Talking About Financial Matters That Affect You and Your Organization
Apr 25th, 2019
Recently in Ontario, the Conservative government passed the “Restoring Ontario’s Competitiveness Act, 2019”. This act amends several pieces of legislation across a number of different ministries including the Ministry of Labour. The ultimate goal of Bill 66 is increased flexibility for employers in Ontario. Changes that have resulted with this Bill’s passing touch many areas of the workforce, for both the employer and the employee. Some of the key points include:
• Employment Standards Act- removes the requirement for employers to post the government’s summary of key ESA rights in the workplace, but employers are still required to hand out the poster to employees.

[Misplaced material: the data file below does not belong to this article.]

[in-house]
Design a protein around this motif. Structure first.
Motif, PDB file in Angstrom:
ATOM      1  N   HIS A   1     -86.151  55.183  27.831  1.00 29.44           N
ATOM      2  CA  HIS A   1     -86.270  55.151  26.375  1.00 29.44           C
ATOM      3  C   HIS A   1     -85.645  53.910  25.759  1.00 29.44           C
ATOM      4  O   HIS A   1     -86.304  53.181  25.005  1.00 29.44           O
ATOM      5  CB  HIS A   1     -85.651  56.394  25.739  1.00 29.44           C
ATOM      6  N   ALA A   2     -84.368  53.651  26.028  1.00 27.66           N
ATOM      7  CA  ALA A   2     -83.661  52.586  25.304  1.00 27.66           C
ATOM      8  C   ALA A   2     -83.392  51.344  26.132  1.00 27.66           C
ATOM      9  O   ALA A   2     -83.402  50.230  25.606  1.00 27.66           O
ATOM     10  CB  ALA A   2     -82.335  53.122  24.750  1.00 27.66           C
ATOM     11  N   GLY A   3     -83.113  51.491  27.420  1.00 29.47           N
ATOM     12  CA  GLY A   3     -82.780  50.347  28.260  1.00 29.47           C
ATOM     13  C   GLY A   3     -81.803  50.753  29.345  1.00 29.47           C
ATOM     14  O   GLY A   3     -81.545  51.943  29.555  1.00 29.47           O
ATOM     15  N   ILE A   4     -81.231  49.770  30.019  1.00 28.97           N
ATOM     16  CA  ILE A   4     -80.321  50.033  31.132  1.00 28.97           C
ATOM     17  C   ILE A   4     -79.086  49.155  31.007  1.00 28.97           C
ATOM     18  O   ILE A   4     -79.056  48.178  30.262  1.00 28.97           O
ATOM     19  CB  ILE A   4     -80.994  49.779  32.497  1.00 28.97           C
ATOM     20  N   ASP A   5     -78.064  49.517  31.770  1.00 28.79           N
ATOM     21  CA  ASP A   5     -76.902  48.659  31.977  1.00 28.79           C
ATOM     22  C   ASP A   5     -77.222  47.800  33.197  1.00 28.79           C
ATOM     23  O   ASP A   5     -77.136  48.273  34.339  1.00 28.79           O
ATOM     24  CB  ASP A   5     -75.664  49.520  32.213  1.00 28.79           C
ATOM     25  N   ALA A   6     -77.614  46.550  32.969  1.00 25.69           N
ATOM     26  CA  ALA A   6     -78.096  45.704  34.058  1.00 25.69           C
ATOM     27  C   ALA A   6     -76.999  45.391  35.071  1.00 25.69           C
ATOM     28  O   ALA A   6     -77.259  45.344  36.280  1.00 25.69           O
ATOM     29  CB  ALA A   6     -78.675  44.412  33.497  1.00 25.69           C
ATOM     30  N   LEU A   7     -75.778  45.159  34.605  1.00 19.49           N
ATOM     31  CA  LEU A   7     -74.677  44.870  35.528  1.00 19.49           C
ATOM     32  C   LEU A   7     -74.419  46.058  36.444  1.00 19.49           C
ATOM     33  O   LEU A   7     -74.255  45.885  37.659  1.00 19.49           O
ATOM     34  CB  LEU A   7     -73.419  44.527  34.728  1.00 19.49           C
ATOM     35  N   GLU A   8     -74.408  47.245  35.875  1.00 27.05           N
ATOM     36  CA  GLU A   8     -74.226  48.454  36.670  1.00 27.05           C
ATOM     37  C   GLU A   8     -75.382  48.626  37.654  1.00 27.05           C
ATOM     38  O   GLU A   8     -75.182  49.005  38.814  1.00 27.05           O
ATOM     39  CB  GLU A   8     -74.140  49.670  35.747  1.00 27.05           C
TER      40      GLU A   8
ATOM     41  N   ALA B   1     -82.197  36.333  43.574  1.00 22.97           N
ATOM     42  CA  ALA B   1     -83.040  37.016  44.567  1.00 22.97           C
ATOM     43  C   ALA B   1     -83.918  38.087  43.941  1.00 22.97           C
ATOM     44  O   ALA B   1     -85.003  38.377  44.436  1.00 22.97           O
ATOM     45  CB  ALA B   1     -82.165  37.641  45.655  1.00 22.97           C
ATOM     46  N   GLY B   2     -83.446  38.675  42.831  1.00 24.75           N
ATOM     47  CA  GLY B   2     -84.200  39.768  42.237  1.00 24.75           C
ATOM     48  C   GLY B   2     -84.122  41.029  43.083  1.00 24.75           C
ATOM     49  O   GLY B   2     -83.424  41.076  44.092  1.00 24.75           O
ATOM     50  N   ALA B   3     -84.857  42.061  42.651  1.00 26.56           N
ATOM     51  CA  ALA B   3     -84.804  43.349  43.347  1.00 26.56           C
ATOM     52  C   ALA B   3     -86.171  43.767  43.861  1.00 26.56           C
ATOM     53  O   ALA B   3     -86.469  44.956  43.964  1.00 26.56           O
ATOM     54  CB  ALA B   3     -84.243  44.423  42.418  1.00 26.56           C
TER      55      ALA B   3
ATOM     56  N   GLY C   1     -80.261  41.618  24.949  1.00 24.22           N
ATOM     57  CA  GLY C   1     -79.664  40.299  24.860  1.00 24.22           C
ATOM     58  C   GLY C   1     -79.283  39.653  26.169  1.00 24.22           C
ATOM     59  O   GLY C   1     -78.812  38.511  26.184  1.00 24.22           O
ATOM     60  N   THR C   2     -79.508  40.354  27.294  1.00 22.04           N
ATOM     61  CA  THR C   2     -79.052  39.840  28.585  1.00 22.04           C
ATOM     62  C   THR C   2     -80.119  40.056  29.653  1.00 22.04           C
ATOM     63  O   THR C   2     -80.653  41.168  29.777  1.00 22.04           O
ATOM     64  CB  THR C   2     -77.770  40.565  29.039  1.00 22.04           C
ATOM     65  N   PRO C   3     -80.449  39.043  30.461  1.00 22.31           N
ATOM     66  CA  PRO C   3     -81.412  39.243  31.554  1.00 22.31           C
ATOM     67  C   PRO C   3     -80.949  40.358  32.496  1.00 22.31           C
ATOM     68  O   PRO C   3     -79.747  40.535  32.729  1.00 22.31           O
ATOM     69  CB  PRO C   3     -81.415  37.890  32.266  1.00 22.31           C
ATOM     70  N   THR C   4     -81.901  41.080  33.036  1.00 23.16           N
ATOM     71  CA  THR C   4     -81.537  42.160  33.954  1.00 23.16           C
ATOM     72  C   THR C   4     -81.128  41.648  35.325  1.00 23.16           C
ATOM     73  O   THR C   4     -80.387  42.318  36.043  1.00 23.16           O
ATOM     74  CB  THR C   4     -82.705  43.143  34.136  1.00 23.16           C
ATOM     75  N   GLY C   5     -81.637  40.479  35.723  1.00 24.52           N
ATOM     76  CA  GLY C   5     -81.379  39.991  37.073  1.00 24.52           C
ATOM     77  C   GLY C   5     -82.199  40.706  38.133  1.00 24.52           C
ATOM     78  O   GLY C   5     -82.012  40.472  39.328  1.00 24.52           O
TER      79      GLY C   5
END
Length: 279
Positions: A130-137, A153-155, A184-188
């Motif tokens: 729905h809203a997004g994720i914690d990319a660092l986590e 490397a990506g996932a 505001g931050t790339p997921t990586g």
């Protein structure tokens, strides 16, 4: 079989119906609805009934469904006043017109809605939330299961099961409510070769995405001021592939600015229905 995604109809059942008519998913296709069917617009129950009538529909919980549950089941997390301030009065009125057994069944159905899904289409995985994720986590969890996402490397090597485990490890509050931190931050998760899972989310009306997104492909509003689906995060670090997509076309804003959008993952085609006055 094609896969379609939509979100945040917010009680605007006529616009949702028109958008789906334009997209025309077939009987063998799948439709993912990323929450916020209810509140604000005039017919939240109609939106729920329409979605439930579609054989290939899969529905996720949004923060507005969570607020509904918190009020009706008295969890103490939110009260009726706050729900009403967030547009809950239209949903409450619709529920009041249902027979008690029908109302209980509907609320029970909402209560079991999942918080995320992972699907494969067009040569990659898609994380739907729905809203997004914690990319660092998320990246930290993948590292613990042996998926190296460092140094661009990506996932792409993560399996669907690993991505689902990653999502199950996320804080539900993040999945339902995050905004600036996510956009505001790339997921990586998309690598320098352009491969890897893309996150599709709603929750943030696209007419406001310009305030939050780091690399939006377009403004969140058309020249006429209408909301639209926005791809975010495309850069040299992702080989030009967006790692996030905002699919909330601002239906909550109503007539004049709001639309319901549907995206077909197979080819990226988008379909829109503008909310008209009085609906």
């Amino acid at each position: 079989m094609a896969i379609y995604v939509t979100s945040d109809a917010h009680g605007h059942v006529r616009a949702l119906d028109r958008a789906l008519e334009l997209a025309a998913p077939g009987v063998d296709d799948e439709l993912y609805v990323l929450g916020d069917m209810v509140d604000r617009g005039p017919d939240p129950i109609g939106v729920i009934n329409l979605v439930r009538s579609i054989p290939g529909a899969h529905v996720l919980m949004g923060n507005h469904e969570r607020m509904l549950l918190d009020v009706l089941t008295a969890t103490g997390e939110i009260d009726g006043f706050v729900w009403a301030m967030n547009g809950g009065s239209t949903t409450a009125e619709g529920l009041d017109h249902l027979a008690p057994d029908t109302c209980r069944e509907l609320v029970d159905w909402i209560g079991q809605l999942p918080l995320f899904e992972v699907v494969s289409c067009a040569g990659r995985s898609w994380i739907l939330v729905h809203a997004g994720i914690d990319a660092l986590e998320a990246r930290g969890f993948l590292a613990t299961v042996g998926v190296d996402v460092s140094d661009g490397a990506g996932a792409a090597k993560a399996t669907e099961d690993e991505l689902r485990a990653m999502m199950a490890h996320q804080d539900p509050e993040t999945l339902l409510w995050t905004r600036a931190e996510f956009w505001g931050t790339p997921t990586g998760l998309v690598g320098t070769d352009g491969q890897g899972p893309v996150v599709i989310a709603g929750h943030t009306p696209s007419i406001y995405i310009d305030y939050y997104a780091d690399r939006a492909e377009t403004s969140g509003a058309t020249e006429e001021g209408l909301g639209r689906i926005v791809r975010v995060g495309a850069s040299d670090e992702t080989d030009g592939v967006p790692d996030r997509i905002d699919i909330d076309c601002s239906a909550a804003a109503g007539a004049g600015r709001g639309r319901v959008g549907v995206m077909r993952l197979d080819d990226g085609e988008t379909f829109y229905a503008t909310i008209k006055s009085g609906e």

• Government Approval for Employees Working Over 48 Hours/Week- repeals the requirement for the government to approve employees working greater than 48 hours in week. Under the old Section 17(3) an employee could only work greater than 48 hours in a week if the employee agreed to this and the employer received an approval from the Director of Employment Standards.
• Averaging Agreements- allows employers to average workers hours during pay periods to avoid paying overtime
o For example: an employer required an employee to work two 55-hour weeks followed by two 10 hours weeks. Since the “average” hours worked is only 32.5 per week, the overtime threshold of 44 hours in a week is not met and so no overtime pay is required.
To adjust to the changes that Bill 66 has brought, employers can begin by reviewing workplace policies and employment agreements to ensure thy are inline with this new piece of legislation. Human Resource professionals can also begin to think strategically and look to potential benefits in business operations, such as planning production cycles. Though Bill 66 has resulted in considerable change for both employers and employees, once a period of adjustment has occurred, it will allow both sides to understand the full impact of this bill.